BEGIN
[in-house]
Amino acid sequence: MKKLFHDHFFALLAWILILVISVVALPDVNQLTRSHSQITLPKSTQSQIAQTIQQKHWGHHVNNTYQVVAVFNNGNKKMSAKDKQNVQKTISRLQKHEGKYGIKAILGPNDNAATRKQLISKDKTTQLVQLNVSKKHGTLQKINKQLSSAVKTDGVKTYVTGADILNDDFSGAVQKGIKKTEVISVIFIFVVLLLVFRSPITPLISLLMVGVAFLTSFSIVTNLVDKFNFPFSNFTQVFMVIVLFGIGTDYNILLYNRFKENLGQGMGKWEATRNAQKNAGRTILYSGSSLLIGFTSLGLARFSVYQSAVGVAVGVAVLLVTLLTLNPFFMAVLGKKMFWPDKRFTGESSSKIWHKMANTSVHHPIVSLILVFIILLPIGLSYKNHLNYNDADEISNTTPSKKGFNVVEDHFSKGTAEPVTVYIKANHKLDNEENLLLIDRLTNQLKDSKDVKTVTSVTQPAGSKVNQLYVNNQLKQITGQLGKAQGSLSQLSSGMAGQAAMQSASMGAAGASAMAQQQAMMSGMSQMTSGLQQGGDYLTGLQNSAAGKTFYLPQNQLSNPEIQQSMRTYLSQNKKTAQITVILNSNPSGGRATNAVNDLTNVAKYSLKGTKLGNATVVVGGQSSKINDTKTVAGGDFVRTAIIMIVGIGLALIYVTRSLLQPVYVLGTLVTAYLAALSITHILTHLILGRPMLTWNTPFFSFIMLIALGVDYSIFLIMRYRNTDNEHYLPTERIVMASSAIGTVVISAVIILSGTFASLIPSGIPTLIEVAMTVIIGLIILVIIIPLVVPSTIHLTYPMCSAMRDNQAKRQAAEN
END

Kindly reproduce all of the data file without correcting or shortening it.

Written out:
[in-house]
Amino acid sequence: MKKLFHDHFFALLAWILILVISVVALPDVNQLTRSHSQITLPKSTQSQIAQTIQQKHWGHHVNNTYQVVAVFNNGNKKMSAKDKQNVQKTISRLQKHEGKYGIKAILGPNDNAATRKQLISKDKTTQLVQLNVSKKHGTLQKINKQLSSAVKTDGVKTYVTGADILNDDFSGAVQKGIKKTEVISVIFIFVVLLLVFRSPITPLISLLMVGVAFLTSFSIVTNLVDKFNFPFSNFTQVFMVIVLFGIGTDYNILLYNRFKENLGQGMGKWEATRNAQKNAGRTILYSGSSLLIGFTSLGLARFSVYQSAVGVAVGVAVLLVTLLTLNPFFMAVLGKKMFWPDKRFTGESSSKIWHKMANTSVHHPIVSLILVFIILLPIGLSYKNHLNYNDADEISNTTPSKKGFNVVEDHFSKGTAEPVTVYIKANHKLDNEENLLLIDRLTNQLKDSKDVKTVTSVTQPAGSKVNQLYVNNQLKQITGQLGKAQGSLSQLSSGMAGQAAMQSASMGAAGASAMAQQQAMMSGMSQMTSGLQQGGDYLTGLQNSAAGKTFYLPQNQLSNPEIQQSMRTYLSQNKKTAQITVILNSNPSGGRATNAVNDLTNVAKYSLKGTKLGNATVVVGGQSSKINDTKTVAGGDFVRTAIIMIVGIGLALIYVTRSLLQPVYVLGTLVTAYLAALSITHILTHLILGRPMLTWNTPFFSFIMLIALGVDYSIFLIMRYRNTDNEHYLPTERIVMASSAIGTVVISAVIILSGTFASLIPSGIPTLIEVAMTVIIGLIILVIIIPLVVPSTIHLTYPMCSAMRDNQAKRQAAEN